2. This is absolutely appalling!! I know of one Grand Lodge that will not admit a man if he's not 'complete' with both arms and legs, even if those limbs were lost in war, and that was way overboard to me. This goes to another disgusting level. I've seen men sat in chairs, moved to the sidelines and other forms of accommodations made so that they may join our beloved Fraternity.

    At the same time, I've also seen men, who have no physical or mental disability, that are nothing short of babbling idiots and it leaves me wondering just how did they ever get admitted to our ranks.

    We don't need perfectly healthy men, we need good men!!

  3. I believe that like other issues that place a strangle on membership in various capacities, the literal interpretation of ritual often inhibits the greater good of the Fraternity from becoming. In this situation, the idea of the candidate being unable to provide for his family due to his physical impairments may have been relative to former times when the only work that existed was physical labor. But in modern times, men provide for the families in varies manners apart from physical labor, which makes the physical requirement spoken of in some rituals and constitutions, inapplicable. Let this man, if he be good and upright, petition a lodge of Masons.

    Sincerely and Fraternally,
    Charles M. Harper Sr.
    Worshipful Master
    Pleiades Lodge No. 478
    Grand Lodge of Illinois

  4. I have been told that in our jurisdiction here in NJ, that a Brother was or will be initiated and he is deaf. So, how can he hear the ceremony while being in a certain state, namely hoodwinked. So, If NJ can accept a man with a disability into its ranks; I'm not sure why this jurisdiction cannot do the same. Seems like they are taking the easy way out to me.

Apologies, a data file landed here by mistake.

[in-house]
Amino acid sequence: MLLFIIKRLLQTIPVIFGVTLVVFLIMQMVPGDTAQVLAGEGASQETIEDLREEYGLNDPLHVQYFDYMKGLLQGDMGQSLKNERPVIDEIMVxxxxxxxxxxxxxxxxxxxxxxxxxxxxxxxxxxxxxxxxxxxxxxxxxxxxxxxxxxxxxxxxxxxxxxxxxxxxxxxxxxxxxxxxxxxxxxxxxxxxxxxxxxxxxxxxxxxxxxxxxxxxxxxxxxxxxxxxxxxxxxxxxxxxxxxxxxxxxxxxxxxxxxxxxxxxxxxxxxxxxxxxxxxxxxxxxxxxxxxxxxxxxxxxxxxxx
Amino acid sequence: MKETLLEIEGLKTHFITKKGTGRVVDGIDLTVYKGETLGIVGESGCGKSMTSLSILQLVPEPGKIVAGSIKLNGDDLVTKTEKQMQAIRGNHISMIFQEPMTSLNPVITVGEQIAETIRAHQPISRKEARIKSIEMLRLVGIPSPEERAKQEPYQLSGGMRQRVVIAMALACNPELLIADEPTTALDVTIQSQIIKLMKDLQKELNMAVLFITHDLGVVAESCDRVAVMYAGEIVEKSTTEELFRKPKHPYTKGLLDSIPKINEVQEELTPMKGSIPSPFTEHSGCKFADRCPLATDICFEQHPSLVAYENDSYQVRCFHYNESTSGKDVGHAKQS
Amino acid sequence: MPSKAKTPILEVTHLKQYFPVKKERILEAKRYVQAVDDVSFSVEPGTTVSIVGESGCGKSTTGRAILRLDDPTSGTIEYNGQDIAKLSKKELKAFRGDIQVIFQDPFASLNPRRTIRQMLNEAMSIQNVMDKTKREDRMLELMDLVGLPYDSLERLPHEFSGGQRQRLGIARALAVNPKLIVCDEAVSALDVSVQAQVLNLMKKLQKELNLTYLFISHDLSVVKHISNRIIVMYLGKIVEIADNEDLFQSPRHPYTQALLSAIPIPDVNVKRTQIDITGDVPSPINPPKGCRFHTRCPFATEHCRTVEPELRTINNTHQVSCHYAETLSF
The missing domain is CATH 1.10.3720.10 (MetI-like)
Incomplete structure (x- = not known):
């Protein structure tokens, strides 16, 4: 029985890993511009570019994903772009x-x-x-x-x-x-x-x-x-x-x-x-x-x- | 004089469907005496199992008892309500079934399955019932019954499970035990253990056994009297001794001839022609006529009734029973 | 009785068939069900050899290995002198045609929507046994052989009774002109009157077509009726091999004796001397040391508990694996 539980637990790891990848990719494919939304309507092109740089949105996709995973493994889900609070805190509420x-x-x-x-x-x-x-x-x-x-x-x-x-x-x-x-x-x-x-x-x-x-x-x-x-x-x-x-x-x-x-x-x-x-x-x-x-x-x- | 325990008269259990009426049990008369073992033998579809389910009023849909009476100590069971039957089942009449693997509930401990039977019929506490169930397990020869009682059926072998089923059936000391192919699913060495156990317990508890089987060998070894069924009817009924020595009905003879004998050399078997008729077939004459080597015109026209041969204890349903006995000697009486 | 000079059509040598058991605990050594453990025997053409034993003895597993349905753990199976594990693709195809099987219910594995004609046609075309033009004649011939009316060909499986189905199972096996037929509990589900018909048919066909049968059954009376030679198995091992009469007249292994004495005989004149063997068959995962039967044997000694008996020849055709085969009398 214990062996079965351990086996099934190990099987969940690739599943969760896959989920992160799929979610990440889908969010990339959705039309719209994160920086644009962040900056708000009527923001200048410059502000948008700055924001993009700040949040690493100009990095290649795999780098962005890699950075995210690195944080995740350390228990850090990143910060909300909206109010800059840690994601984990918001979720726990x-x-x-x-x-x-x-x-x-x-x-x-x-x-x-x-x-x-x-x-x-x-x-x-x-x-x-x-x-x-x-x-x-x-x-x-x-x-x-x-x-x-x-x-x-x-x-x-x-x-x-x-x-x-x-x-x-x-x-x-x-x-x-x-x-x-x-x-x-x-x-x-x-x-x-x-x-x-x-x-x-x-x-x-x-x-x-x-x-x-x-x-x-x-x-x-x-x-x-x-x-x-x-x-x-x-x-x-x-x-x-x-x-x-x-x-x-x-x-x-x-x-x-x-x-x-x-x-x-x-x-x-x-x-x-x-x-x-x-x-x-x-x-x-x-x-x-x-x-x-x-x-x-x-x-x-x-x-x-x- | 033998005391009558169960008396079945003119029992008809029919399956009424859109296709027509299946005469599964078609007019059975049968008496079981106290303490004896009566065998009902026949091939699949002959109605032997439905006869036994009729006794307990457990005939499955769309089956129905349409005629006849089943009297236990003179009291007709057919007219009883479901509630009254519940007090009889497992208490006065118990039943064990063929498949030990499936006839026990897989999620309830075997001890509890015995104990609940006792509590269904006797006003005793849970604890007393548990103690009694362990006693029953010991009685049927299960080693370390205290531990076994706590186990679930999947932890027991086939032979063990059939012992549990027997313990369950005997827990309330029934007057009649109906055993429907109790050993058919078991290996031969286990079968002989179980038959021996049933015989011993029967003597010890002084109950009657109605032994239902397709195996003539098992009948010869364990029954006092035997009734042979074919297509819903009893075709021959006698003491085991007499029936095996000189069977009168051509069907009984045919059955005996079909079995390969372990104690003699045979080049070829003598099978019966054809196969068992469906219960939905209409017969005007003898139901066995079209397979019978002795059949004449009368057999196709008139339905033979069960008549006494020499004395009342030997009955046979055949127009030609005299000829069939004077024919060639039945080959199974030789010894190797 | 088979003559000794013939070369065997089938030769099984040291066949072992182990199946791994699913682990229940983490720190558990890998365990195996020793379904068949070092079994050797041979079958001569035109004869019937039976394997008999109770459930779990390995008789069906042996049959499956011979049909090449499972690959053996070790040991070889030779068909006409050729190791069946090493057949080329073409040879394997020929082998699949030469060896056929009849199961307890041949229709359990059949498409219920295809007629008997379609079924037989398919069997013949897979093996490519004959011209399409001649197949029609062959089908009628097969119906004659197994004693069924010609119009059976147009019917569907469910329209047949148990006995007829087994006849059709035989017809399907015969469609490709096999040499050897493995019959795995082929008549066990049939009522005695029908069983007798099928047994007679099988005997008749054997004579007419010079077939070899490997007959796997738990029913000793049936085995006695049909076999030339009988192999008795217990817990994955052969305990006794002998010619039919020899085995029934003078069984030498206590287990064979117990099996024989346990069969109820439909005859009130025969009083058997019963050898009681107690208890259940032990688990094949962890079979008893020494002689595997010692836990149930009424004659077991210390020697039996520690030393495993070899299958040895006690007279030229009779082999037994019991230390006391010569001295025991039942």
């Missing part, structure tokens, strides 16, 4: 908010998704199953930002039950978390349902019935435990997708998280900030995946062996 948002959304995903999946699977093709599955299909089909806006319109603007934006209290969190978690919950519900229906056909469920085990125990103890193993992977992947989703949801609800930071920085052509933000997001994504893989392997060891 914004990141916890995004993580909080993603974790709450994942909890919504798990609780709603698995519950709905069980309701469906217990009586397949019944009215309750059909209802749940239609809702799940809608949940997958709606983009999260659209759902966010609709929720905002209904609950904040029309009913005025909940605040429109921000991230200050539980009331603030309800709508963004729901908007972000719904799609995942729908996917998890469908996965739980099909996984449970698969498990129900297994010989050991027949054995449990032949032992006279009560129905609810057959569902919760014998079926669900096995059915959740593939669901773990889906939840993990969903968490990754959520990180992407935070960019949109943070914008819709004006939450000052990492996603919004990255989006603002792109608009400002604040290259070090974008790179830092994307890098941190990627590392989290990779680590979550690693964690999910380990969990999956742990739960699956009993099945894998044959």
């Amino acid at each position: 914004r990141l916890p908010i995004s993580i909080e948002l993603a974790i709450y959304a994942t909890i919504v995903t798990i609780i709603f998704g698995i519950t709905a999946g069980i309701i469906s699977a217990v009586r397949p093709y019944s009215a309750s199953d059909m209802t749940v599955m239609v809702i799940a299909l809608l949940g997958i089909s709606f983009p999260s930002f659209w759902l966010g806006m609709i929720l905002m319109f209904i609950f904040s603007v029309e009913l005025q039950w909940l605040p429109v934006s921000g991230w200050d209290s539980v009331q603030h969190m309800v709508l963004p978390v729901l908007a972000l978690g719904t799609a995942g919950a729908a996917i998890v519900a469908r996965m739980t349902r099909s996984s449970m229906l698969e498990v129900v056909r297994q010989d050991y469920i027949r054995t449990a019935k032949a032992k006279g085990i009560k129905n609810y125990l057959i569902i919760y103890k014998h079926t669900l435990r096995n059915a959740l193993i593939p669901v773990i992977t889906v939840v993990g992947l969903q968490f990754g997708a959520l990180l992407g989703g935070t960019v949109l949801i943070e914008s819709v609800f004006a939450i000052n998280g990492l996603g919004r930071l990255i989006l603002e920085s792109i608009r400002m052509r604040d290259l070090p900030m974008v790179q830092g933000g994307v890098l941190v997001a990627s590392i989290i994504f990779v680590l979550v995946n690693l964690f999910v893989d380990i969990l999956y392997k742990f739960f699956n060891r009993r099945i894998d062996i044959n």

5. I think you all missed the point. Did any of read the update before posting? Disabled or not, someone acting in that manner should never be a mason.

  6. My Lodge here in California once initiated, passed and raised a paraplegic candidate while in a wheelchair. He normally used a powered chair, but for the degrees he used an unpowered chair with his first-line signer pushing him through the ceremonies. He has been an asset to the Lodge, especially volunteering as a liaison to the local VA hospital.
    On the other hand, we have turned down petitioners who were physically healthy, but not of a character suited to be Masons.
    Al Turek
    International City Lodge #389
    Long Beach, CA